|Publication number||US8117614 B2|
|Application number||US 11/437,220|
|Publication date||Feb 14, 2012|
|Filing date||May 19, 2006|
|Priority date||May 19, 2006|
|Also published as||CN101443738A, CN101443738B, EP1860567A1, EP1980944A2, EP1980944A3, EP1980944B1, US8516485, US9047078, US20070271566, US20120109622, US20130311757, US20150261565, WO2007134648A1|
|Publication number||11437220, 437220, US 8117614 B2, US 8117614B2, US-B2-8117614, US8117614 B2, US8117614B2|
|Inventors||Dan F. Greiner|
|Original Assignee||International Business Machines Corporation|
|Export Citation||BiBTeX, EndNote, RefMan|
|Patent Citations (18), Non-Patent Citations (10), Referenced by (3), Classifications (18), Legal Events (2)|
|External Links: USPTO, USPTO Assignment, Espacenet|
This invention relates, in general, to processing within a processing environment, and in particular, to a facility to efficiently determine resource usage of tasks.
The determination of resource usage is critical for many aspects of processing, including code refinement, billing, etc. One resource for which utilization is determined is processor time. In the z/Architecture, offered by International Business Machines Corporation, a timer is provided that measures elapsed central processing unit (CPU) time and causes an interruption when a specified amount of time has elapsed.
This timer is set by a Set CPU Timer (SPT) control instruction, and the contents of the timer are inspected via a Store CPU Time (STPT) control instruction. Both of these instructions are privileged instructions to ensure the accuracy of the time, and as such are not usable by problem-state programs (i.e., user programs).
In addition to the above, the z/OSŪ operating system, offered by International Business Machines Corporation, also provides a service routine referred to as TIMEUSED, which is available to problem-state programs. A program or operation calls the service to determine the amount of CPU time a piece of code (e.g., task) has used. The TIMEUSED service routine computes the elapsed time, adds the accumulated time, and returns the value to the program. The calculations of the TIMEUSED routine must be performed while being disabled for interruptions, since any interruption could adversely effect the results by manipulating the CPU timer or the accumulator.
The TIMEUSED service routine is linked via program call and program return instructions. This routine disables for interruptions, obtains and releases a CPU lock, establishes a recovery environment, calculates the elapsed time, and re-enables after having completed its work, all of which takes hundreds of CPU cycles. When attempting to measure a small fragment of code, the overhead of the TIMEUSED service routine can severely perturb what is being measured.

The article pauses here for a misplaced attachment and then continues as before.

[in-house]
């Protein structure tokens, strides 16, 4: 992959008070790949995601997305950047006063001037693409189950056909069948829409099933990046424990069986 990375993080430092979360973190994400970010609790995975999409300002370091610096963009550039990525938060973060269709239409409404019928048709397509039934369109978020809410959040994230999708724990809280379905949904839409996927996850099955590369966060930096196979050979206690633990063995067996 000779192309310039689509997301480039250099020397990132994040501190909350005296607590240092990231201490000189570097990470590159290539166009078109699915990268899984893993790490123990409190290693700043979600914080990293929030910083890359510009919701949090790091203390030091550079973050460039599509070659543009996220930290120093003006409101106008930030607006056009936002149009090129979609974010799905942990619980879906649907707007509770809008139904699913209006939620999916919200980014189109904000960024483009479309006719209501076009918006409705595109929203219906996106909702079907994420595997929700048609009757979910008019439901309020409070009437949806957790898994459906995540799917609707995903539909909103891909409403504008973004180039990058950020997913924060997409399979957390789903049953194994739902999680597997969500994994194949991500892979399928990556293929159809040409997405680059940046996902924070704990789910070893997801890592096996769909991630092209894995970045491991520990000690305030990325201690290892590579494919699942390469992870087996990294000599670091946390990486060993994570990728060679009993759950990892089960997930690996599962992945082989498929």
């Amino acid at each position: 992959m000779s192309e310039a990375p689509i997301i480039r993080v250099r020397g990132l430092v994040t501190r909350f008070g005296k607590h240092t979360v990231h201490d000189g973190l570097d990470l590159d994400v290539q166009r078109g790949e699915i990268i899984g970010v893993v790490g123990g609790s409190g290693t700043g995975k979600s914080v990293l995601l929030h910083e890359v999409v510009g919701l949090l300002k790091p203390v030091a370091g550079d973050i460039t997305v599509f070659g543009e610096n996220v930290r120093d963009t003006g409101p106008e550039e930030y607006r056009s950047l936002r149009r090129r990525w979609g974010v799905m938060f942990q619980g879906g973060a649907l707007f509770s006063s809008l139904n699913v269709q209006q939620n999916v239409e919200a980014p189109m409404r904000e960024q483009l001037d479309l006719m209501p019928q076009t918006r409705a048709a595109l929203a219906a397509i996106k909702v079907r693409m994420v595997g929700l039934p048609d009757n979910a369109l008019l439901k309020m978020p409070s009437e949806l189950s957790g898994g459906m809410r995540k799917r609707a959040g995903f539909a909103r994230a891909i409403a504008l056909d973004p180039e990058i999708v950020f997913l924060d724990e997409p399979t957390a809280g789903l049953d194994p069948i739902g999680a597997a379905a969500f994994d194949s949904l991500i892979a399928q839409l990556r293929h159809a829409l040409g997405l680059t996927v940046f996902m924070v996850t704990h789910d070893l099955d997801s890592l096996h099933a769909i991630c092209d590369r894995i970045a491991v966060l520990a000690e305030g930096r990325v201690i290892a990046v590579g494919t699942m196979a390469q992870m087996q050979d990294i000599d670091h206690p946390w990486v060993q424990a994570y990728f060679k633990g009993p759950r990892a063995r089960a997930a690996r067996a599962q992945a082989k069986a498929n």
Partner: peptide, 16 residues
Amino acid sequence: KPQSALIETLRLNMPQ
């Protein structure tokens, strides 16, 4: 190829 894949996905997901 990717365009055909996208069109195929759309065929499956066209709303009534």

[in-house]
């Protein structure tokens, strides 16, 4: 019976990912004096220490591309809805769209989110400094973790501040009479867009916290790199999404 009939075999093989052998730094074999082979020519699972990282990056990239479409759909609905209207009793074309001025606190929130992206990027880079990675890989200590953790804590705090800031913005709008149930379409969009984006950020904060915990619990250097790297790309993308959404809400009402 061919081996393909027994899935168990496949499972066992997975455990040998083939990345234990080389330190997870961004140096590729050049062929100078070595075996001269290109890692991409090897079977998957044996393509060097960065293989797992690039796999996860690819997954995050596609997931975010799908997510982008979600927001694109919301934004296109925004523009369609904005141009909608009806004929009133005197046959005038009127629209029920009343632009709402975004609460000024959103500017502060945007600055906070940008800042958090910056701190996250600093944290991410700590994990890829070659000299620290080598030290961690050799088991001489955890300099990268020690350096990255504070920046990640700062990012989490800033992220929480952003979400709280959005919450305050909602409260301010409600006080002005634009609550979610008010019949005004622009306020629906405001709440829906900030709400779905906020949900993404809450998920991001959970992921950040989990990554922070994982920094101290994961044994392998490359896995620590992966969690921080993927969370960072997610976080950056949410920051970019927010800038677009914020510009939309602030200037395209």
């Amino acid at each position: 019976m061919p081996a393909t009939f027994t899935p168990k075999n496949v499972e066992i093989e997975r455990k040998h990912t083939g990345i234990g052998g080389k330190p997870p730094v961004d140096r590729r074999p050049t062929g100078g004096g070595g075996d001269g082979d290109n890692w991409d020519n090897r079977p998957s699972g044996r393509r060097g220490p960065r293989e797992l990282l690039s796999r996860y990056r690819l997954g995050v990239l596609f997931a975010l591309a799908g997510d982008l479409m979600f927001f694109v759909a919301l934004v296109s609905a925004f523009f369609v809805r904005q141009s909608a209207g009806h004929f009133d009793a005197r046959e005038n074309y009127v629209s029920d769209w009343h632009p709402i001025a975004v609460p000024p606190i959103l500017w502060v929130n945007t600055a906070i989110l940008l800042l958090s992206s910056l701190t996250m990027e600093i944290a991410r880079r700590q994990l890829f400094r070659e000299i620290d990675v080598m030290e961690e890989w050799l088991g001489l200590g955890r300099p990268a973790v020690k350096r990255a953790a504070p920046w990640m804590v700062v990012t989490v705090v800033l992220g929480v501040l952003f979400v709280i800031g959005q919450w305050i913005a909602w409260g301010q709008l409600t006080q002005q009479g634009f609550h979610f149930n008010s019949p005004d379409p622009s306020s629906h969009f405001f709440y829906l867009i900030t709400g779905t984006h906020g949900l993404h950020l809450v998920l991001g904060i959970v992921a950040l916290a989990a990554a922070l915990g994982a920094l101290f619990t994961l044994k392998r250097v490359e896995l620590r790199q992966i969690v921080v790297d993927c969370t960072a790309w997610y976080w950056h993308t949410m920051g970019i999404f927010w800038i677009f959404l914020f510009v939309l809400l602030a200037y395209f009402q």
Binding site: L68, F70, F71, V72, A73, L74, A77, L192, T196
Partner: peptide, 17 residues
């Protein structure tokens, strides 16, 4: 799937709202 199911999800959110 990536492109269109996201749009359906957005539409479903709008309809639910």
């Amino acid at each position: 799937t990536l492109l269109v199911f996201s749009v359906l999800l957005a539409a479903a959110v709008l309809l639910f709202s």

Based on the foregoing, a need exists for a facility to efficiently determine resource usage, such as elapsed CPU time of a task. In particular, a need exists for a facility that efficiently determines resource usage of tasks without calling operating system services. A need exists for the ability of a user to efficiently determine resource usage.
The shortcomings of the prior art are overcome and additional advantages are provided through the provision of a method of determining resource usage of tasks of a processing environment. The method includes, for instance, selecting a task of the processing environment for which usage of a resource is to be determined; and determining, on behalf of a user application and absent an operating system service, an amount of the resource used by the task within a particular time interval.
System and computer program products corresponding to the above-summarized method, as well as one or more instructions, are also described and claimed herein.
Additional features and advantages are realized through the techniques of the present invention. Other embodiments and aspects of the invention are described in detail herein and are considered a part of the claimed invention.
One or more aspects of the present invention are particularly pointed out and distinctly claimed as examples in the claims at the conclusion of the specification. The foregoing and other objects, features, and advantages of the invention are apparent from the following detailed description taken in conjunction with the accompanying drawings in which: